[r-t] Decisions / Algorithms for generating the extent
Richard Smith
richard at ex-parrot.com
Wed Jun 21 14:42:38 UTC 2006
Philip Earis wrote:
> Reading the online version of Tintinnalogia, it's very
> interesting to see how the 'algorithm' of plain changes is
> introduced as an iterative way of generating the extent on
> n bells.
>
> What other, more dynamic, ways would people use to do the same thing?
Another way is to use Plain Changes on (n-r) bells as the
coursing order for a singles-only touch of an n-bell method
with r fixed bells which get into each position relative to
each other in the plain course.
A very simple example is a touch of Original Minimus with 34
for x singles. We can only have one fixed bell (as no pair
of bells get into each position relative to each other in
the plain course); let's choose the treble. The initial
coursing order is 3124, but as this is only meaningful up to
rotation, we can rotate this to put the fixed bell (the
treble) at end of the coursing order and then ignore it
giving 243.
Now lets write out Plain Changes on these three bells.
243 swap 3 & 4
234 swap 2 & 3
324 swap 2 & 4
342 swap 3 & 4
432 swap 2 & 3
423 swap 2 & 4
---
243
This defines the bells that need to be swapped in the
coursing order via singles and allows us to write out the
touch.
1234 1342 1423
s 2134 s 3142 s 4123
2314 3412 4213
3241 4321 2431
3421 4231 2341
4312 2413 3214
4132 2143 3124
s 1432 s 1243 s 1324
---- ---- ----
1342 1423 1234
In this case, the touch of Original Minimus is more familiar
as Single Court Minimus.
(It's worth noting that this has unnecessarily many Q-sets
of singles. In fact, the touch can be joined with just two
Q-sets, instead of three, giving a palindromic one-part:
1234 1243 1432
s 2134 s 2143 4123
2314 2413 4213
3241 4231 2431
3421 4321 2341
4312 3412 3214
4132 3142 3124
1423 s 1342 s 1324
---- ---- ----
1243 1432 1234
This touch seems quite reminiscent of Grandsire Doubles,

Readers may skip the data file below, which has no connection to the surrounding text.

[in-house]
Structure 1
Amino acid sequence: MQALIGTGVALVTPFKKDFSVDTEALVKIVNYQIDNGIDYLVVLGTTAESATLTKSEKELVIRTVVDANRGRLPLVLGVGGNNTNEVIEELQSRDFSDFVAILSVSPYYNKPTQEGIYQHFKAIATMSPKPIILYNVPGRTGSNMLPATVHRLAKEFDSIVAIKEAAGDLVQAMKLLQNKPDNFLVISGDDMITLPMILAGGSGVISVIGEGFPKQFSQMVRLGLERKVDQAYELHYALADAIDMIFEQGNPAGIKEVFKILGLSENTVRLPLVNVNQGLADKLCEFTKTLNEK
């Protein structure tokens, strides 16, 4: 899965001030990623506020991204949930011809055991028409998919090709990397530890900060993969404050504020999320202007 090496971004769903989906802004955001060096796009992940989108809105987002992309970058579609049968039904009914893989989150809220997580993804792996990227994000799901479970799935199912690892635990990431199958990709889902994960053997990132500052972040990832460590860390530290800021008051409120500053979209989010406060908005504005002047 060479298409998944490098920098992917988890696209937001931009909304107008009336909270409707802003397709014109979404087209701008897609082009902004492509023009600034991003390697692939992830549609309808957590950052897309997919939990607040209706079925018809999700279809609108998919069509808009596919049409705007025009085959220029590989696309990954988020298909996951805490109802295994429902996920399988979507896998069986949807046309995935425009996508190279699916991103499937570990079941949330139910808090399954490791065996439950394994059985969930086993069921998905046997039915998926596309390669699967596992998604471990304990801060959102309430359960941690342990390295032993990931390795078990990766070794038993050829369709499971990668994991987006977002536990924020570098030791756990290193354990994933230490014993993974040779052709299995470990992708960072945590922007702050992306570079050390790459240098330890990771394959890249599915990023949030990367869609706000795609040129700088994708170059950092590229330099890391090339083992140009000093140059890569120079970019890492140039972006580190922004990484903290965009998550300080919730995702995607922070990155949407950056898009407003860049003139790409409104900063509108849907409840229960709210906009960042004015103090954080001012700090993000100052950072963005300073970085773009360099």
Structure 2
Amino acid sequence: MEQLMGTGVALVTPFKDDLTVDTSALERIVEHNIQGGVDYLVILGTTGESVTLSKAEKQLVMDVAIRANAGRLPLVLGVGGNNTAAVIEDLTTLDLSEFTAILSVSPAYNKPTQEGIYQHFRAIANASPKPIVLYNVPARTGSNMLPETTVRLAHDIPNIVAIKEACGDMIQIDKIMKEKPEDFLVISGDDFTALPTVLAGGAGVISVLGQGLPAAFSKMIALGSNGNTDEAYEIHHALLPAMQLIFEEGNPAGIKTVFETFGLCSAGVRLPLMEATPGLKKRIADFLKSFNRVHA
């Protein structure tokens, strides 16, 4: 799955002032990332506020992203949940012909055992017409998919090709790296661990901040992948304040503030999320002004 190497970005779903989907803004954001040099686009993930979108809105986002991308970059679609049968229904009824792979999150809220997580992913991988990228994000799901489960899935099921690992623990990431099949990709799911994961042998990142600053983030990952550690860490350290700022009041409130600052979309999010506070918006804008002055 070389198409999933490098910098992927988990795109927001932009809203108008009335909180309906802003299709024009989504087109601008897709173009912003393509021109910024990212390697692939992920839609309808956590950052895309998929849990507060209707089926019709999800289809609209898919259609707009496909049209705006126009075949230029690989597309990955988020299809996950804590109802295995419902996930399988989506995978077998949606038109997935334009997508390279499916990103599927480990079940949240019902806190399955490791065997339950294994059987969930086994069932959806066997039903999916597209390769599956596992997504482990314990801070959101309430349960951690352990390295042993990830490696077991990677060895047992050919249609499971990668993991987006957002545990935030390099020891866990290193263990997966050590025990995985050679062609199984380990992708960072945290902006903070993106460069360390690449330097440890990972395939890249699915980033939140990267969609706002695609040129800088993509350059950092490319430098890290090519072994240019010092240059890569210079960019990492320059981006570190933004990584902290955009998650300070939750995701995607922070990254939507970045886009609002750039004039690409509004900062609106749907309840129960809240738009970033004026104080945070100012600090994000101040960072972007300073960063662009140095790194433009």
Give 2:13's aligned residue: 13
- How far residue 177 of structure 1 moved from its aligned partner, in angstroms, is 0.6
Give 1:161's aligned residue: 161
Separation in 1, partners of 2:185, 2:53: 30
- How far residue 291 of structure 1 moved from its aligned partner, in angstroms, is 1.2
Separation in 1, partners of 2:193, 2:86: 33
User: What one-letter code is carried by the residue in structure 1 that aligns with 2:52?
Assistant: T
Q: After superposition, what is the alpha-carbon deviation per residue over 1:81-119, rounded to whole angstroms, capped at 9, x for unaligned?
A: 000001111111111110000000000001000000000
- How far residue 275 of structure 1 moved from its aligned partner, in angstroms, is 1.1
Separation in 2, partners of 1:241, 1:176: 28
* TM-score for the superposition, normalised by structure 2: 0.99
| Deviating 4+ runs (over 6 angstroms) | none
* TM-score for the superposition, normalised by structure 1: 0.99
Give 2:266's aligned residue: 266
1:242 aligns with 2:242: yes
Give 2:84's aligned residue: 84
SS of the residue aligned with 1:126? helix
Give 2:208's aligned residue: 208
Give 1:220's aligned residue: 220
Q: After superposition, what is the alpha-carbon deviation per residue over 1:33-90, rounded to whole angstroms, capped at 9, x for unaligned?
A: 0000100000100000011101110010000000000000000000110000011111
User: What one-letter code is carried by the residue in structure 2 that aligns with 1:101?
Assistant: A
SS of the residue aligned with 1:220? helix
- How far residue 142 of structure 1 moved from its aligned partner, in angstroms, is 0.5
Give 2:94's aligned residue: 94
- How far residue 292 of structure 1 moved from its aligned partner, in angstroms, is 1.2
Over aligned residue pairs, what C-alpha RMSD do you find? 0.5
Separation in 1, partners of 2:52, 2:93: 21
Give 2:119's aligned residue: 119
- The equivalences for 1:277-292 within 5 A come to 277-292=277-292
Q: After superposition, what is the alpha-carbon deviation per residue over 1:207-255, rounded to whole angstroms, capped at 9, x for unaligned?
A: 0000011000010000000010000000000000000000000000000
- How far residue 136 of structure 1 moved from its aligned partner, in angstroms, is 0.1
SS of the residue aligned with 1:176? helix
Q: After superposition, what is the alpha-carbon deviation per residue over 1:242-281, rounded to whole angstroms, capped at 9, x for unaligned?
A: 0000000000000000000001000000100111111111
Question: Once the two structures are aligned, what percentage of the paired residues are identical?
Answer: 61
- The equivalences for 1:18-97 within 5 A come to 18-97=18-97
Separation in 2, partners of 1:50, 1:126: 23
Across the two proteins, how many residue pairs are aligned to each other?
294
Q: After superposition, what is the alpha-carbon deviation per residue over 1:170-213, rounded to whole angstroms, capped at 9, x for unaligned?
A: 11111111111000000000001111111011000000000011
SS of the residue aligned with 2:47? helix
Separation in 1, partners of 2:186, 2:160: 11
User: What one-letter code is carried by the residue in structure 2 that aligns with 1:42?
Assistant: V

with the fourth -- the pivot bell in the palindromic
symmetry -- serving the role of observation.)
This works on higher stages too. In Plain Bob Minor the
treble and tenor get into all positions relative to each
other, so we can keep both bells fixed and ring use Plain
Changes on four to get a three-part composition. There's a
slight complication, however: ringing a 1234 single instead
of a 12 plain swaps two non-adjacent bells in the (usual)
coursing order. Fortunately, we can just use an unorthodox
definition of coursing order that takes alternate bells from
the usual coursing order, therby putting them together. So
instead of 53246, we start with 34526. To get 5 fixed at
the part-end, we want 5 as the hunt for the plain changes:
3452 swap 2 & 5
3425 swap 3 & 4 (by choosing a "far" extreme)
4325 swap 2 & 5
4352 swap 3 & 5
4532 swap 4 & 5
5432 swap 2 & 3 (again, by choosing a "far" extreme)
5423 swap 4 & 5
4523 swap 2 & 5
----
4253 x 3
The position of the swap in this unorthodox coursing order
determines the calling position (just as it does with a
traditional coursing order): swaping the first pair is a
home, the middle pair, seconds, and the last pair, wrong.
23456 W 2 H
--------------
54326 s s
25436 s s s
34526 s s
34256 s
--------------
Twice repeated
(As all coursing orders are visited, including those with
the tenors coursing backwards, this inevitably gives a touch
with 65s at back.)
The algorithm for generating an extent on n by applying
plain changes on n-1 to the coursing order of plain hunt on
n has the elegant property that only three different changes
are needed. By contrast, plain changes needs n-1 different
changes, as does the Original Singles, Bob Minimus, Old
Doubles, ... sequence.
RAS
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